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Restorative Dentistry

Dental caries are cavities that are mostly seen with dark or opaque (white) colorations in the hard tissues of the teeth, enamel, dentin and cementum. Bacteria in the mouth secrete acid from the residues of foodstuffs in the mouth to obtain their own nutritional sources. These acids cause the wane of tooth enamel and eventually the begin of tooth decay.


Restorative dental treatments are operative treatments that mostly involving the enamel and dentin parts of the teeth. In these treatments, after the parts of the tooth that have been destroyed by caries or other reasons are cleaned and removed, the remaining live and healthy tooth tissue is restored with filling materials to imitate the structure of the natural tooth, and the process is done.

Aesthetic Filling Treatments

Composite fillings are tooth-colored aesthetic fillings that can be applied directly to the tooth, causing minimal material loss from the tooth. It is especially used in the treatment of broken teeth in the anterior region.

Apart from their superior aesthetic properties, composite fillings, unlike amalgam fillings, adhere to the tooth chemically, so there is no need to remove material from healthy tooth tissue to provide retention. In addition, since amalgam fillings are metal, they can expand and cause cracks in the tooth, causing weakening of the tooth.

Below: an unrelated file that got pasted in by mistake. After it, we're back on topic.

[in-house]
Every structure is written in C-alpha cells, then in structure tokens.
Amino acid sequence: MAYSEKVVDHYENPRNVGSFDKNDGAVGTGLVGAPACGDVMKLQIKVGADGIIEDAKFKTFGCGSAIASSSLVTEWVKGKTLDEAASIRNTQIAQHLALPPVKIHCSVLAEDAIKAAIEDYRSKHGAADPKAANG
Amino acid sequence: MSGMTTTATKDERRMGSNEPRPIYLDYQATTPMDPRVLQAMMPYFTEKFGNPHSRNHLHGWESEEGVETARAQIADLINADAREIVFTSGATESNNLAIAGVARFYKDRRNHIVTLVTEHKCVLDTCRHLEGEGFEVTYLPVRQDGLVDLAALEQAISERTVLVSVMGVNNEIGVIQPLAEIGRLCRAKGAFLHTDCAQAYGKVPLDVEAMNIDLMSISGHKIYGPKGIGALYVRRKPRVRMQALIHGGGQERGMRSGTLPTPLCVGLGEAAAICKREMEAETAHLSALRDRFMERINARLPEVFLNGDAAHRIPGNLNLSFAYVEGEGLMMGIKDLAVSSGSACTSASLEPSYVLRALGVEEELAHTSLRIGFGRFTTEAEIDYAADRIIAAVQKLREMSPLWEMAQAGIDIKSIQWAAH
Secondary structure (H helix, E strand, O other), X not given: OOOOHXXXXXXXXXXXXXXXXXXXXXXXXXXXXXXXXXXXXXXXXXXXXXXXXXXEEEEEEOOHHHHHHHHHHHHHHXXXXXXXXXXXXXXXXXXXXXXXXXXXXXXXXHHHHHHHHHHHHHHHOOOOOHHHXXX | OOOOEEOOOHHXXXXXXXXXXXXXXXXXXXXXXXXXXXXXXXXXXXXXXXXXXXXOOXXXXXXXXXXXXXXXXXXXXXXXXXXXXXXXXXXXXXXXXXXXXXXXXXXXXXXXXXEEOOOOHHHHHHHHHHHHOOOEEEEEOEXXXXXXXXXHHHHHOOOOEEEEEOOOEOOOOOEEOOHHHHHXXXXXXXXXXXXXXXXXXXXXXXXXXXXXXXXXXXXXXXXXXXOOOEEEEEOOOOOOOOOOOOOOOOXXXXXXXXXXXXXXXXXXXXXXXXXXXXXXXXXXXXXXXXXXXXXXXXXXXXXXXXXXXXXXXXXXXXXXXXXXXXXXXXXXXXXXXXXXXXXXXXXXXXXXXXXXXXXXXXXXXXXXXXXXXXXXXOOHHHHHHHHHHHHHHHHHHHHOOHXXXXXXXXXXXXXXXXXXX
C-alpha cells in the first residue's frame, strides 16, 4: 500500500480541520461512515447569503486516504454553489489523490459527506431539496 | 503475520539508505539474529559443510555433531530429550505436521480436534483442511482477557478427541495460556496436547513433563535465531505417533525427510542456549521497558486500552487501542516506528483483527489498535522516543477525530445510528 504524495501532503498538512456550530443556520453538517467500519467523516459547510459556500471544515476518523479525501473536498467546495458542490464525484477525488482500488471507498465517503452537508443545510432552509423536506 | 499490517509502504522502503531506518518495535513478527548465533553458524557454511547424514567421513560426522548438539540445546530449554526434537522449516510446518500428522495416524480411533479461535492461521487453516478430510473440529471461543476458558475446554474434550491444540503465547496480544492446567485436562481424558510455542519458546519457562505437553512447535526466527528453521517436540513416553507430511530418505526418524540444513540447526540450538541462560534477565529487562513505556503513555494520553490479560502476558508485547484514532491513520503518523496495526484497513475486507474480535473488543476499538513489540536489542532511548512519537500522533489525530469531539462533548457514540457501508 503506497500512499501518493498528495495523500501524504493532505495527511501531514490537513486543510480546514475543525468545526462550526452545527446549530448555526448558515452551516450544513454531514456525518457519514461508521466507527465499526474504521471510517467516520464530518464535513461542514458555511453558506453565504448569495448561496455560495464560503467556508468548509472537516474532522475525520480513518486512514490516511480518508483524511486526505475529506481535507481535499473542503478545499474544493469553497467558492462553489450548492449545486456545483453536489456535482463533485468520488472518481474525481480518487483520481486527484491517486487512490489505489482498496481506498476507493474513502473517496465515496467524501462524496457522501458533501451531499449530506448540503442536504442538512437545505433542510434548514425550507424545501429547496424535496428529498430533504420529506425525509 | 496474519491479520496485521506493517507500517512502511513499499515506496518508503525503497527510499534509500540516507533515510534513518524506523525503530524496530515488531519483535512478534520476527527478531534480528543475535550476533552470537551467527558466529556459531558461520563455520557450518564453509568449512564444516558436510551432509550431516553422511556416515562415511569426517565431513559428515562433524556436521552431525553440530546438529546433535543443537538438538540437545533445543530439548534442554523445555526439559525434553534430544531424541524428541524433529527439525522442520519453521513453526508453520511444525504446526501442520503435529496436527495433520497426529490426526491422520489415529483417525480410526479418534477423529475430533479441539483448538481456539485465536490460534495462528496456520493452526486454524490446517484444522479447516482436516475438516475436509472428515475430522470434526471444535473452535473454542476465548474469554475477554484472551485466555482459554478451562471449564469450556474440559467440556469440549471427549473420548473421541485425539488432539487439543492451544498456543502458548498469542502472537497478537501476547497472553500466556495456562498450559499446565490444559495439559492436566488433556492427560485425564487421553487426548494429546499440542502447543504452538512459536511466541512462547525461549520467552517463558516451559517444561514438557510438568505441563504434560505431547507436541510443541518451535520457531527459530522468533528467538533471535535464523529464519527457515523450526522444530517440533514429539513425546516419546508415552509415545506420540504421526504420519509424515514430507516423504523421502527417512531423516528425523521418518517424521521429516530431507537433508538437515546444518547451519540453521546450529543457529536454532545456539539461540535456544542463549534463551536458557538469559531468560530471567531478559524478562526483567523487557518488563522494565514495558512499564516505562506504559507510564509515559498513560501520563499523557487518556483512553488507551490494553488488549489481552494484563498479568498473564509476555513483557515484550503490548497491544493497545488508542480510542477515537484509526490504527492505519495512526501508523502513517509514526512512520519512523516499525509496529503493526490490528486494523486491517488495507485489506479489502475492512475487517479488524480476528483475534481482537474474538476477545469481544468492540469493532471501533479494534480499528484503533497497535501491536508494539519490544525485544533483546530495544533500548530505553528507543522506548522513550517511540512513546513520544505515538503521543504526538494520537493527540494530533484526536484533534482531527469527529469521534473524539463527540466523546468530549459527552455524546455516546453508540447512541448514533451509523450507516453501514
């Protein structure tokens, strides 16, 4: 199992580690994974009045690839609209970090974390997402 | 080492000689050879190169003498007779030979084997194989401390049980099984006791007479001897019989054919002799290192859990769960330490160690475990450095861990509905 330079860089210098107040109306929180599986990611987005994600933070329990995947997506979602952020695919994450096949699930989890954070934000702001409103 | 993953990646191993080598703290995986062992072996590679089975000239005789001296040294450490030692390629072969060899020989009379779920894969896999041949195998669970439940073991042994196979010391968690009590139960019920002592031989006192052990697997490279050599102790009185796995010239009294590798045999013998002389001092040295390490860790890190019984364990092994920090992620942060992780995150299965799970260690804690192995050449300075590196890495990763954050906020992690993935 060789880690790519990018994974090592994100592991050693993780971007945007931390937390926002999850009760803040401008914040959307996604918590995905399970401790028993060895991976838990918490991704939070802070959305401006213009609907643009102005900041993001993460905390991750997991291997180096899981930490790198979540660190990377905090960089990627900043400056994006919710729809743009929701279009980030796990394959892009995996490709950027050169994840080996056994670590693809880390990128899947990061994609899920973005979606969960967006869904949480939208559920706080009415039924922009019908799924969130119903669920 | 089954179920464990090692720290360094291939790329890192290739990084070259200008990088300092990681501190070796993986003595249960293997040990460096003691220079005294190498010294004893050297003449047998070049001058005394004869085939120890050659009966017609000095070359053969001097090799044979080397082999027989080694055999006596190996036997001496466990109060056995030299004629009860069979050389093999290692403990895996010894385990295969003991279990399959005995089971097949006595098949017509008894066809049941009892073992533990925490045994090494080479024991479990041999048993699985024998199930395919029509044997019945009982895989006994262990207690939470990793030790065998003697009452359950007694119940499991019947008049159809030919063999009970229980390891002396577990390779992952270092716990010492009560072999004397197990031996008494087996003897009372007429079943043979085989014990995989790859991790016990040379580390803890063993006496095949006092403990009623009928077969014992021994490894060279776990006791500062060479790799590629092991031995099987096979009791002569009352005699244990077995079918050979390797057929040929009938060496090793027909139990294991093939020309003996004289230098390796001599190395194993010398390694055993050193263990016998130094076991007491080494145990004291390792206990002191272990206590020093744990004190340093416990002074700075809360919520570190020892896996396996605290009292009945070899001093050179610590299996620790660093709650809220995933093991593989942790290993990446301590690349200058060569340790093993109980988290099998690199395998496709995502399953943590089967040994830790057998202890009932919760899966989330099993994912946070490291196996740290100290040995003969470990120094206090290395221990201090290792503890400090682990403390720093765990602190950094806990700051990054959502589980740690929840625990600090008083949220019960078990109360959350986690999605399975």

Indirect fillings (inlay and onlay)On the other hand, they are fillings prepared in a laboratory environment with superior aesthetic properties, very durable and sensitive adaptation. They are mostly made of porcelain or composite. It is generally applied in cases where deep caries that cannot be applied directly have reached the gingival line, where too much tooth tissue has been lost, or in teeth that have had root canal treatment. After the decayed, old filling or broken part is removed from the tooth, the tooth is made suitable for taking impressions and the impression is sent to the laboratory. Filling is prepared on the obtained model. In the next session, the filling is adhered to the tooth.

Although in a very small amount, composite fillings shrink a little during hardening, this disrupts the contact with the adjacent tooth and may cause edge leakage. Since inlays and onlays are prepared in a laboratory environment without restrictive factors in the mouth, they are in perfect harmony with the teeth and gingiva and provide full contact with the adjacent tooth. Thus, the possibility of secondary caries to occur is minimized.

While it is possible for composite fillings to wear and edge discoloration over time, this is not the case with porcelain fillings. Since its hardness is very close to the enamel tissue of the tooth, it does not abrade the teeth it comes into contact with like other porcelains.

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